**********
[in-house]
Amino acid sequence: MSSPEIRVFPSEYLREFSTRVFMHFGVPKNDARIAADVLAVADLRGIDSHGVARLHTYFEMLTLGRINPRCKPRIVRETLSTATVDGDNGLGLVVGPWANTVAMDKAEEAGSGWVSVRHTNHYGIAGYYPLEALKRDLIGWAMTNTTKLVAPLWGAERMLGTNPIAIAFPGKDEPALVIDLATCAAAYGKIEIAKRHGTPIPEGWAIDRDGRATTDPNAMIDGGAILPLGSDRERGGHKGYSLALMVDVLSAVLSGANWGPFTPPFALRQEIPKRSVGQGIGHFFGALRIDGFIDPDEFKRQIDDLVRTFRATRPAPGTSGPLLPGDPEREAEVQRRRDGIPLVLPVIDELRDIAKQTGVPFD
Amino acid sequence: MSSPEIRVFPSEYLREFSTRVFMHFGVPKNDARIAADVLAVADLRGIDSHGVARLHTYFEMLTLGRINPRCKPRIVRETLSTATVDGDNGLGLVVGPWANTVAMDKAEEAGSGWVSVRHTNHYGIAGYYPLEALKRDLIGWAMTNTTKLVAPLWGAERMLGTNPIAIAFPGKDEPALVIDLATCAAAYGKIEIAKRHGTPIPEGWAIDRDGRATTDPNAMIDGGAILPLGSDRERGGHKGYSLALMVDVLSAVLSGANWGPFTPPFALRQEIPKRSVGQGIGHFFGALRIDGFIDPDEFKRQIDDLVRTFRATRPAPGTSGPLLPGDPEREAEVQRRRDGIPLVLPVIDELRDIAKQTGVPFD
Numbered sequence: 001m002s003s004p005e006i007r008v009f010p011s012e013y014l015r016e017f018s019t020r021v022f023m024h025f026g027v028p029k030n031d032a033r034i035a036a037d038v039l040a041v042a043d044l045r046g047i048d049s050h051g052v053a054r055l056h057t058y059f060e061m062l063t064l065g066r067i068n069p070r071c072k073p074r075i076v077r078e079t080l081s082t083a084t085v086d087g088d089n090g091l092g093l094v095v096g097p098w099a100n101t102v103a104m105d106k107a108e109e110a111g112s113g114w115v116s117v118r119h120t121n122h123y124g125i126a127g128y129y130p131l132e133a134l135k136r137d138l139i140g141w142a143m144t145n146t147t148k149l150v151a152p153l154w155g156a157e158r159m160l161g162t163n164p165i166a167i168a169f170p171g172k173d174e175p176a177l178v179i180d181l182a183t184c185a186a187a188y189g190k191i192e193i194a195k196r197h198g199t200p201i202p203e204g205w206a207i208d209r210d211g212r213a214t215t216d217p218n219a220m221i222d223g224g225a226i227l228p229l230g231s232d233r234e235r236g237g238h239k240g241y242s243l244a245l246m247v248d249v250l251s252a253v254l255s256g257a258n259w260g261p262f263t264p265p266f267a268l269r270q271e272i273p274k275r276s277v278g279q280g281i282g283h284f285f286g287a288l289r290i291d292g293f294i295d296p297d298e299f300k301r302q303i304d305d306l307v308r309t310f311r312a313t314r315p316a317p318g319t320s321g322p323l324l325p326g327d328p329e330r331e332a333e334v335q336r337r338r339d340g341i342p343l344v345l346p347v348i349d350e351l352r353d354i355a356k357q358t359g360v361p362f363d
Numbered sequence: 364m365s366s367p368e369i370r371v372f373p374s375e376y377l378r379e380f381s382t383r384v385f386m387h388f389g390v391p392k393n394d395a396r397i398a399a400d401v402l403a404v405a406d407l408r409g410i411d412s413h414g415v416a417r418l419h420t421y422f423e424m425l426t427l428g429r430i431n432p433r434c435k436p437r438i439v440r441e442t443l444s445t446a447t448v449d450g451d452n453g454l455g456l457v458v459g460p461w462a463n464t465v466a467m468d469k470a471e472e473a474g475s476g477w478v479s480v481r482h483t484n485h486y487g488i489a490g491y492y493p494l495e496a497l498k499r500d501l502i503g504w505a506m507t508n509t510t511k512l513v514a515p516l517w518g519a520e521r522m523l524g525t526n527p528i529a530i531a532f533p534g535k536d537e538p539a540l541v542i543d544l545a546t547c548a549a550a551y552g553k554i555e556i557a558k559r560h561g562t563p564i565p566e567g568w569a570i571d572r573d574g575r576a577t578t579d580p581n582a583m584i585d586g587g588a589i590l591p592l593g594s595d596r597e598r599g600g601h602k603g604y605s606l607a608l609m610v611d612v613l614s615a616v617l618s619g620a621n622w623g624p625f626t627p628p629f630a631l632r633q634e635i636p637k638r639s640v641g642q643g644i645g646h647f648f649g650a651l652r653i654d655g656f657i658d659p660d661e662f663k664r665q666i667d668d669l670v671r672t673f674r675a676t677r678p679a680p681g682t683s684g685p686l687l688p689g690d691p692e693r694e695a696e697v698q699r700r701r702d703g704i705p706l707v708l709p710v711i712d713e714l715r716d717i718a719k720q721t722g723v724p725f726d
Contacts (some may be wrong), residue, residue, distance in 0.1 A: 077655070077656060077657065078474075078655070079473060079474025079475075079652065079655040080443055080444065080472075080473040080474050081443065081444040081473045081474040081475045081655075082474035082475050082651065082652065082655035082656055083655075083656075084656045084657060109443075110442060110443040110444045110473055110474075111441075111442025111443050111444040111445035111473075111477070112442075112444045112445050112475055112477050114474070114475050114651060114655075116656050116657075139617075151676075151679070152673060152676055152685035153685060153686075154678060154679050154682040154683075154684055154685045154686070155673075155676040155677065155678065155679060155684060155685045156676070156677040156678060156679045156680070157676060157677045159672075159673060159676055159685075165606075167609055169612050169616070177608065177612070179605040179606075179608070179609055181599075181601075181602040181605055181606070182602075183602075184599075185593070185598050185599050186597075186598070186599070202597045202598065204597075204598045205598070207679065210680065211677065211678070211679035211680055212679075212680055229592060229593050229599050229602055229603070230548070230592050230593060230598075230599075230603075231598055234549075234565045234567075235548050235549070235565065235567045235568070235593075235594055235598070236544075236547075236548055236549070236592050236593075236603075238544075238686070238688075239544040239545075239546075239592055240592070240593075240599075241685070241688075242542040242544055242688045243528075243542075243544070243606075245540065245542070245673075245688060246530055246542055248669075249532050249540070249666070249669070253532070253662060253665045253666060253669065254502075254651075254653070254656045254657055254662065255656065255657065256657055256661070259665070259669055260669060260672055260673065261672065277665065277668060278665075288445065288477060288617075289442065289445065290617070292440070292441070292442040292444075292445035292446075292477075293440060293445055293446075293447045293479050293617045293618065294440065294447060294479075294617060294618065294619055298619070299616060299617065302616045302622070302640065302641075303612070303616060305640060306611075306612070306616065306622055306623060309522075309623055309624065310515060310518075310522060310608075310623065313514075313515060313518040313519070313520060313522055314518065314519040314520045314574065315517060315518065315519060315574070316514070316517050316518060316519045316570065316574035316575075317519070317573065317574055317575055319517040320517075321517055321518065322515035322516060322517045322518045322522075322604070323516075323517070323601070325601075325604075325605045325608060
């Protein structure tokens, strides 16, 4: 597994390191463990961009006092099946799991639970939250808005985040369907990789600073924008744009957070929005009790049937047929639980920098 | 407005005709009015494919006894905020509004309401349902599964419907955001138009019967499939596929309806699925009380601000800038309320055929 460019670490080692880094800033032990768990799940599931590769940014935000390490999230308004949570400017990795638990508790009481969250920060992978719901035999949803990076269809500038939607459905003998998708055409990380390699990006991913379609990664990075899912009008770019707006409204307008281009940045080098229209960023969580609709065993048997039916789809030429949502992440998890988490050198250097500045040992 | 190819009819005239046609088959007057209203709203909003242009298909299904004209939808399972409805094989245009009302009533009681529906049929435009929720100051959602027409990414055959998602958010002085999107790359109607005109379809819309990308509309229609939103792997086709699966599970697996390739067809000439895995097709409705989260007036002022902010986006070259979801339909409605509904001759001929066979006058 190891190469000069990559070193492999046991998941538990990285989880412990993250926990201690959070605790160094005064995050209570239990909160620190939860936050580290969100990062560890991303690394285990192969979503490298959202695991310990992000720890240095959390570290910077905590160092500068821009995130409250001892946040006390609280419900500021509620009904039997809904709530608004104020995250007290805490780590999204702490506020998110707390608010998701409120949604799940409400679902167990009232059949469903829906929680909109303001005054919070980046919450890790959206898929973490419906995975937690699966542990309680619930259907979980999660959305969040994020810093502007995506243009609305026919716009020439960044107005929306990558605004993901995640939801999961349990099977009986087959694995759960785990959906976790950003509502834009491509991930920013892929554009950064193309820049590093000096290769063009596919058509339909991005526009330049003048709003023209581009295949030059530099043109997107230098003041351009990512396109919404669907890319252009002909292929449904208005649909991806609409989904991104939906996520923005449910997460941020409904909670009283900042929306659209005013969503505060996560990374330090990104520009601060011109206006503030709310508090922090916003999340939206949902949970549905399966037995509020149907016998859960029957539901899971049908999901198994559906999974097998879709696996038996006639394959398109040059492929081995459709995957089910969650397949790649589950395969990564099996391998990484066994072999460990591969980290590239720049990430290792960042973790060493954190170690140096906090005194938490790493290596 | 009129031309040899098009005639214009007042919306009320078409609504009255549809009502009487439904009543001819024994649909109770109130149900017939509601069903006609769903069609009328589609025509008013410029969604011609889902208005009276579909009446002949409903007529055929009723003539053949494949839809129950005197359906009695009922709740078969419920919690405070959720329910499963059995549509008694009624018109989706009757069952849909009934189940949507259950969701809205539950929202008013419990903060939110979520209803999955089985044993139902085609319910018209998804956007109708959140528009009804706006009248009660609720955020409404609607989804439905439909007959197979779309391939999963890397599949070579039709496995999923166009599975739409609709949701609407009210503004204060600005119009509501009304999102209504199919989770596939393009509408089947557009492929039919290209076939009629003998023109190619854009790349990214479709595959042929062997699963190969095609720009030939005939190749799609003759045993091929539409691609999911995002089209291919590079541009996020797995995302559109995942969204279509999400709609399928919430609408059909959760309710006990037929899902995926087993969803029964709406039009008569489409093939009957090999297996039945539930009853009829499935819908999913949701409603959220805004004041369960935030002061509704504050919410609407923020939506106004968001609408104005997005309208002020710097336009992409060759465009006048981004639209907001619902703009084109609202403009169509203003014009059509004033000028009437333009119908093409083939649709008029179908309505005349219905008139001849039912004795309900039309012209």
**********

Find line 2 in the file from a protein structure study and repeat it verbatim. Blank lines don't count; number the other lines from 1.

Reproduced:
Amino acid sequence: MSSPEIRVFPSEYLREFSTRVFMHFGVPKNDARIAADVLAVADLRGIDSHGVARLHTYFEMLTLGRINPRCKPRIVRETLSTATVDGDNGLGLVVGPWANTVAMDKAEEAGSGWVSVRHTNHYGIAGYYPLEALKRDLIGWAMTNTTKLVAPLWGAERMLGTNPIAIAFPGKDEPALVIDLATCAAAYGKIEIAKRHGTPIPEGWAIDRDGRATTDPNAMIDGGAILPLGSDRERGGHKGYSLALMVDVLSAVLSGANWGPFTPPFALRQEIPKRSVGQGIGHFFGALRIDGFIDPDEFKRQIDDLVRTFRATRPAPGTSGPLLPGDPEREAEVQRRRDGIPLVLPVIDELRDIAKQTGVPFD